Limiting Factors of Photosynthesis

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How does light affect photosynthesis and how does

Light is firstly needed to provide the energy for the light-dependent reaction in photosynthesis - it can't function otherwise!

Rate of photosynthesis increases proportionally to light intensity - as light intensity increases so does photosynthesis.

Eventually, light intensity will reach a saturation point where no amount of increase will make a difference and something else is now the limiting factor.

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How does CO2 affect photosynthesis and how does it

CO2 makes up around 0.04% of the atmosphere and is therefore almost always the limiting factor.

Increasing the concentration to 0.4% gives a much more optimum yield but any higher and the stomata start to close.

Therefore on a warm, sunny, windless day - it's usually carbon dioxide that's the limiting factor.

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How does temperature affect photosynthesis and how

Photosynthesis (the light-independant reaction) involves enzymes (e.g. Rubisco, ATP synthase). Therefore, temperatures below 10 degrees will cause the enzymes to become inactive, and temperatures above 45 degrees will denature the enzymes.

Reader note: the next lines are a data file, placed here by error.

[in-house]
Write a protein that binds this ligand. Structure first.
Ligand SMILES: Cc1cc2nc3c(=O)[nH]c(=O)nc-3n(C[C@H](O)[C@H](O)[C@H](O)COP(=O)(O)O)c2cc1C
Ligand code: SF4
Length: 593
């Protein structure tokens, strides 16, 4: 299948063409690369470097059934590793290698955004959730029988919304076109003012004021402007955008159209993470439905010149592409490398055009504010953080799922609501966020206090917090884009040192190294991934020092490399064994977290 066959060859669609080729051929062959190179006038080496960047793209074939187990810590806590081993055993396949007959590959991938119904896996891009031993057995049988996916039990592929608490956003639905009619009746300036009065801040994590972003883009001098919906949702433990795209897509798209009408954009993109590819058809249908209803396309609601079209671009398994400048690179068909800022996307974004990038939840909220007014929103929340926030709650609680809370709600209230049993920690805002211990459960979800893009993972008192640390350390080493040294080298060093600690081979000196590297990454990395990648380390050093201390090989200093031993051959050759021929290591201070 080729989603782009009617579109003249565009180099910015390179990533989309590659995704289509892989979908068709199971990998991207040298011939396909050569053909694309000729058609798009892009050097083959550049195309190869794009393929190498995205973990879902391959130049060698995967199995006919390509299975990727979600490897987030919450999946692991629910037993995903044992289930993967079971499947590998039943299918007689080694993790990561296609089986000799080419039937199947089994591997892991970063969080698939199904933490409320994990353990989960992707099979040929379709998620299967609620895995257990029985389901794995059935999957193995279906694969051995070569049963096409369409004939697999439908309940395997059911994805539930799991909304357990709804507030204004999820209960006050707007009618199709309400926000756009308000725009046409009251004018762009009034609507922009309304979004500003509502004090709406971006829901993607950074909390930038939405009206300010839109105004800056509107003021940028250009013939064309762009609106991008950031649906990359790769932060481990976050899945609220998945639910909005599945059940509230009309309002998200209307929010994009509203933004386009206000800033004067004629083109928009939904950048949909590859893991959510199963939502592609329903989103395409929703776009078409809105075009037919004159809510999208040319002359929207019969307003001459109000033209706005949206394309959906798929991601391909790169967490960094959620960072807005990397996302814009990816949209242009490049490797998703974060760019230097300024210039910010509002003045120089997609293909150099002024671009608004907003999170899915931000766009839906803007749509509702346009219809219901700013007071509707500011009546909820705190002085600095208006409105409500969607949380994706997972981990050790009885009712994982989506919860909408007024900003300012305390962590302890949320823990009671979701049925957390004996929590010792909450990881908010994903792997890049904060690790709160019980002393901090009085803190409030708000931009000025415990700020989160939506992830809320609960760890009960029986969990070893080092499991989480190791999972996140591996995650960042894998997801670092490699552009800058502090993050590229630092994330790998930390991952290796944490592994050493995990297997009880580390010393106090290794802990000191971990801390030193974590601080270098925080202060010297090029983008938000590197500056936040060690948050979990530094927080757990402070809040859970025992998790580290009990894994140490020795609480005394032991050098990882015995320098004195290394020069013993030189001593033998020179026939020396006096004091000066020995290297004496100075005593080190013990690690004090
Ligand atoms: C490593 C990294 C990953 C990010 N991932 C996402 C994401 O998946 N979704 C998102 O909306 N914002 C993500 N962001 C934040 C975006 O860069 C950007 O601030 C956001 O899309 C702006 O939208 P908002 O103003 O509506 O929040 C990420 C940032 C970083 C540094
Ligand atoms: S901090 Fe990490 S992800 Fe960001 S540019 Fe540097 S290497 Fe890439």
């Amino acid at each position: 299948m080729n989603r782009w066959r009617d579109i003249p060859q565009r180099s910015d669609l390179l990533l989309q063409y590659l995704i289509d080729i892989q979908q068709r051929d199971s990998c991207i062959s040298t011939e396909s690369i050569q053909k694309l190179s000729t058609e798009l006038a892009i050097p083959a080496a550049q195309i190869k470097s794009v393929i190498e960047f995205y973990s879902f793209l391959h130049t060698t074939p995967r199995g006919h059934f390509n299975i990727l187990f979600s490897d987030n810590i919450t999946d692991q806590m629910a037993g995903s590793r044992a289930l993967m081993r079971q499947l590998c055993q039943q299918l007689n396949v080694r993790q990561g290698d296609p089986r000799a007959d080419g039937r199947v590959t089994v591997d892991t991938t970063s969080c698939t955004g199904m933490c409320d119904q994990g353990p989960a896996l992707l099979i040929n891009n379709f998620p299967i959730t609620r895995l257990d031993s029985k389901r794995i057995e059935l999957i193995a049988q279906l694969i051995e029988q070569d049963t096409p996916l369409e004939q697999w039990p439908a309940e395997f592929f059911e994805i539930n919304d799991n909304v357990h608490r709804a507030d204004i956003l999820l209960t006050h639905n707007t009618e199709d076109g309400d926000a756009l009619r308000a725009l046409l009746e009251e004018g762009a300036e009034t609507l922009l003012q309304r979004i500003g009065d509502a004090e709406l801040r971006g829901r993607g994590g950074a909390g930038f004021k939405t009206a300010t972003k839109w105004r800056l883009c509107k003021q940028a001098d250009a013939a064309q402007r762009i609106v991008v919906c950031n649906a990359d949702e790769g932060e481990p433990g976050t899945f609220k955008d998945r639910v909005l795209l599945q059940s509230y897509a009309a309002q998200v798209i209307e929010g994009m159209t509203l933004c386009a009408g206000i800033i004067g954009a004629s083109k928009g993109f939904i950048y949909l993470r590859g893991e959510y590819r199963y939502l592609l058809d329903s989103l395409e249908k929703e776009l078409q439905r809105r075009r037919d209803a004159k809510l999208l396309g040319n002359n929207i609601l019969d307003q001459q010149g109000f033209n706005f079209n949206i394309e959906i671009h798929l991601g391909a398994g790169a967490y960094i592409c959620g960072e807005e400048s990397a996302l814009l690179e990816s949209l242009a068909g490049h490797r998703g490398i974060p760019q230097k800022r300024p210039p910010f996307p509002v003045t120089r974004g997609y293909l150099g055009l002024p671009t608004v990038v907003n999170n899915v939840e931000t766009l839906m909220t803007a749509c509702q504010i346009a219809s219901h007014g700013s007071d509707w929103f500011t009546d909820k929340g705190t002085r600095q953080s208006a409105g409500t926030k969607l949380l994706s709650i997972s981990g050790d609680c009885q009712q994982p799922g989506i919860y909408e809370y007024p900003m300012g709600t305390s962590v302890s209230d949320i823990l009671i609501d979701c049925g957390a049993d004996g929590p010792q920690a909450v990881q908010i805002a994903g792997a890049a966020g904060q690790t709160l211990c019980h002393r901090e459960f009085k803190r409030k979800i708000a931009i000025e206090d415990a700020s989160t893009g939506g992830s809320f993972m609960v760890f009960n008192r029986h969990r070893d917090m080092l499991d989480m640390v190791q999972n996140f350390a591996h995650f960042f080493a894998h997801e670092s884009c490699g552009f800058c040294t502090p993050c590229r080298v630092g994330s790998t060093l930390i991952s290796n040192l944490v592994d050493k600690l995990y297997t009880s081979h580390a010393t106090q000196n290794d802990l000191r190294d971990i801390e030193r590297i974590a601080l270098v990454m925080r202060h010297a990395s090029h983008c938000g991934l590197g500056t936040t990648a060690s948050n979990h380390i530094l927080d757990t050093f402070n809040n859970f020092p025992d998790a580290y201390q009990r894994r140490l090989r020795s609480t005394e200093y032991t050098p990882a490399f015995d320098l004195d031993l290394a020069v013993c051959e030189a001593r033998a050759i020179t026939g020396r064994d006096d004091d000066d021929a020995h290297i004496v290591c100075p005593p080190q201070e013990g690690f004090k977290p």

Additionally, at higher temperatures, the stomata will start to close to avoid loosing water, this will cause less carbon dioxide to enter and therefore, photosynthesis will slow down.

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How growers increase plant growth as a result.

Carbon Dioxide: Carbon dioxide is added to the air (e.g. by burning a small amount of propane in a carbon dioxide generator).

Light: Light gets in through greenhouse windows and lamps provide light at night.

Temperature: Glasshouses trap heat energy from sunlight - warming the air.

Heaters and cooling systems are used to maintain an optimum temperature and and air circulation systems can be used to make sure the temperature is constant throughout the greenhouse.

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